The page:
Local RIF projects differ in their administrative practices based on the number of sites. One-or two-site projects have a project coordinator who organizes project activities, enlists the support of volunteers, and selects and coordinates book selection committee members and activities. Multi-site projects include staff at a mid-management level, who oversee selected sites (III.2).


Isolated studies of a limited number of projects have found increases in the amount of time the children served spent reading, the number of books they bought or owned, their positive attitudes toward reading, and the likelihood that they discussed books with other students (cited in III.2). However, comparable national data do not exist. RIF does not currently collect quantitative outcome data but provides anecdotal testimonials concerning project results.

Management Improvement Strategies

An evaluation of the Inexpensive Book Distribution Program suggests that RIF be required to make the development of financial self-sufficiency of local RIF projects an immediate priority, through working with local projects to assess their financial stability. The Department is proposing, through the reauthorization of the program, that RIF be required to distribute Federal funds to only those local projects serving children least likely to have access to books (III.2).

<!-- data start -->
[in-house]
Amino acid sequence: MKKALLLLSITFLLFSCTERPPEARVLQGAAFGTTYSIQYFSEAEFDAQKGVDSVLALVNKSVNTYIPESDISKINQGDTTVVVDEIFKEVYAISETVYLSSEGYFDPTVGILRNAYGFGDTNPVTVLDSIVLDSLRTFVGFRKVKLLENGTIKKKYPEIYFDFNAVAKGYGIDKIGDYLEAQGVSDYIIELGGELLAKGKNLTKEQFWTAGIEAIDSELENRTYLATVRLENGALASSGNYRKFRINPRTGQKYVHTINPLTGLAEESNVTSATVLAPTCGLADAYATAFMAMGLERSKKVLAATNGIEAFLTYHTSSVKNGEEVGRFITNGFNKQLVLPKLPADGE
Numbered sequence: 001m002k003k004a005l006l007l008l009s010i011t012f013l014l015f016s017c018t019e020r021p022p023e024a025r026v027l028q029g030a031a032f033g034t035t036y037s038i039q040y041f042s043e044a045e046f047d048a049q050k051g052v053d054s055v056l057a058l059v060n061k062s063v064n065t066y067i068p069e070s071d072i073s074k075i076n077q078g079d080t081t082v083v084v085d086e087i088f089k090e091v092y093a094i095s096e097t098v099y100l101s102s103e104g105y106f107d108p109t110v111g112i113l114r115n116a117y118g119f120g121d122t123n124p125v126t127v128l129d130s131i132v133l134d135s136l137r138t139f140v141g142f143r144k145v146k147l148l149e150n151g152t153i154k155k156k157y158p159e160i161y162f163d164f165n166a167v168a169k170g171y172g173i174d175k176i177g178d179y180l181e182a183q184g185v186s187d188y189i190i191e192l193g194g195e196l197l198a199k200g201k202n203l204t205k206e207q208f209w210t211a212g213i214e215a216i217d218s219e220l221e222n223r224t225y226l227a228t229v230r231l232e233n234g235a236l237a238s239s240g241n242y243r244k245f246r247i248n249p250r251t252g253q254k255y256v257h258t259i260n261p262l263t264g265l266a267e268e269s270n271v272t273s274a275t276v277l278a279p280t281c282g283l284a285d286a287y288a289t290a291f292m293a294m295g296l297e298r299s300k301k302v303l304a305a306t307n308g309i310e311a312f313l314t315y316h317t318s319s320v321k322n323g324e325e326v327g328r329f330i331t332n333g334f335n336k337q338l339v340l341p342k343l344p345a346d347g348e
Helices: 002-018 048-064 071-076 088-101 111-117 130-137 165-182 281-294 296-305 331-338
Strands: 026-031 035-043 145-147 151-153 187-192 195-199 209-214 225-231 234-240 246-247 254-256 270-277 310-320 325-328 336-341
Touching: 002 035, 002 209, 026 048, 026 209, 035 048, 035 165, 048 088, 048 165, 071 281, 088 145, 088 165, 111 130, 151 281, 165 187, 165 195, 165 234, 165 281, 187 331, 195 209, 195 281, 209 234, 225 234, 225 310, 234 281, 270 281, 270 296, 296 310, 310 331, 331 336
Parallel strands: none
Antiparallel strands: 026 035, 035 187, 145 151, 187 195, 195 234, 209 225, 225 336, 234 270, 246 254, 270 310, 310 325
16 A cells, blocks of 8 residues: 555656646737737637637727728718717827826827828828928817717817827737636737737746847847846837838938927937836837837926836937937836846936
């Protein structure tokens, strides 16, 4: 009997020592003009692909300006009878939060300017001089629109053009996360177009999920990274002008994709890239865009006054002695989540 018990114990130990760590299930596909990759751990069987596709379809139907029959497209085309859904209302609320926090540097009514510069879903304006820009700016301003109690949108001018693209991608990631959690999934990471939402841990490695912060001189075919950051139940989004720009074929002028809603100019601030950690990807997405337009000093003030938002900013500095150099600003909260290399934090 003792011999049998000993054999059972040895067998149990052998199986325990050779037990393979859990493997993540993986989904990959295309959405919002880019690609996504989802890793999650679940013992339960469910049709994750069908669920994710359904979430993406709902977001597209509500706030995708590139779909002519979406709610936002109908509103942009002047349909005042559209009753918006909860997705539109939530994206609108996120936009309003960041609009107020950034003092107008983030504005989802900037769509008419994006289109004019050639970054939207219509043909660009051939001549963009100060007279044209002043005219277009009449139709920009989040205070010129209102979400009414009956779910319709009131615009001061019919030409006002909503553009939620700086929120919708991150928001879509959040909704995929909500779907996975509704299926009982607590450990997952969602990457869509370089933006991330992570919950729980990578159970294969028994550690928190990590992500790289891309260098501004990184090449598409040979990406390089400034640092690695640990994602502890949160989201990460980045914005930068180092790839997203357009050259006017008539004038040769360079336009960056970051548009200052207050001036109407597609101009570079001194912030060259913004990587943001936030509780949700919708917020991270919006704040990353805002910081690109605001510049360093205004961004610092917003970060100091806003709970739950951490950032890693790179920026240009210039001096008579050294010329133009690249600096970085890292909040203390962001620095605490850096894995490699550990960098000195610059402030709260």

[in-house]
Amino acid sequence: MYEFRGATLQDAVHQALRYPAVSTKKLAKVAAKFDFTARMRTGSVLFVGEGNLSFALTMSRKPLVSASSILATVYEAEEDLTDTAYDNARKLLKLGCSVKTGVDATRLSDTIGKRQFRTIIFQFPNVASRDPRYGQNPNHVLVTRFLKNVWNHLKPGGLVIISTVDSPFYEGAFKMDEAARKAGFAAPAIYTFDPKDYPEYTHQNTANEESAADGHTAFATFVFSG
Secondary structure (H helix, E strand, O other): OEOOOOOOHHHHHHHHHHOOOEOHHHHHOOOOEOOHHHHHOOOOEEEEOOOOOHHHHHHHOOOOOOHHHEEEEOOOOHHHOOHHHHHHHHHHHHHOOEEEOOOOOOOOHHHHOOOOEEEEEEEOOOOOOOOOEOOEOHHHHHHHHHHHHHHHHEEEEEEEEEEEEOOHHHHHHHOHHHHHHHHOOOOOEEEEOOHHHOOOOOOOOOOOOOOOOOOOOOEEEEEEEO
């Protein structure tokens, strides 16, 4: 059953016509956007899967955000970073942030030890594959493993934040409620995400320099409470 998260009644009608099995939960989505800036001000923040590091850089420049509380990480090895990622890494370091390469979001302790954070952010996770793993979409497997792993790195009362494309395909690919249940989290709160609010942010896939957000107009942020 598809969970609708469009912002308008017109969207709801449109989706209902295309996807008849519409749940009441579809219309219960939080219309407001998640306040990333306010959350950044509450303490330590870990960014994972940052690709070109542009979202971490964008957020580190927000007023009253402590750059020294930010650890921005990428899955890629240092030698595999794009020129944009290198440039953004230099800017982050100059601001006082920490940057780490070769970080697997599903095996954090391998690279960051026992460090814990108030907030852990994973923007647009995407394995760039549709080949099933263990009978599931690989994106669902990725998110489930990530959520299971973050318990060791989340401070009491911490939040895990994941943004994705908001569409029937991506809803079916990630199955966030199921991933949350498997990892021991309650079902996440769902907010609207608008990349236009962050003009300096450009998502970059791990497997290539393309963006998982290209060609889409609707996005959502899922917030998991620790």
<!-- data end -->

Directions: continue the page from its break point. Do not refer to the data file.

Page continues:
III. Sources of Information

  1. Program files for funding history.

  2. Abbott, C., Yudd, R., and Gutmann, B., Evaluation of the Inexpensive Book Distribution Program. (Washington, DC: Office of Policy and Planning, U.S. Department of Education, 1992).

IV. Planned Studies


V. Contacts and Further Information

Program Operations:
Carrolyn N. Andrews, (202) 260-2670

Program Studies:
Joanne Bogart, (202) 401-1958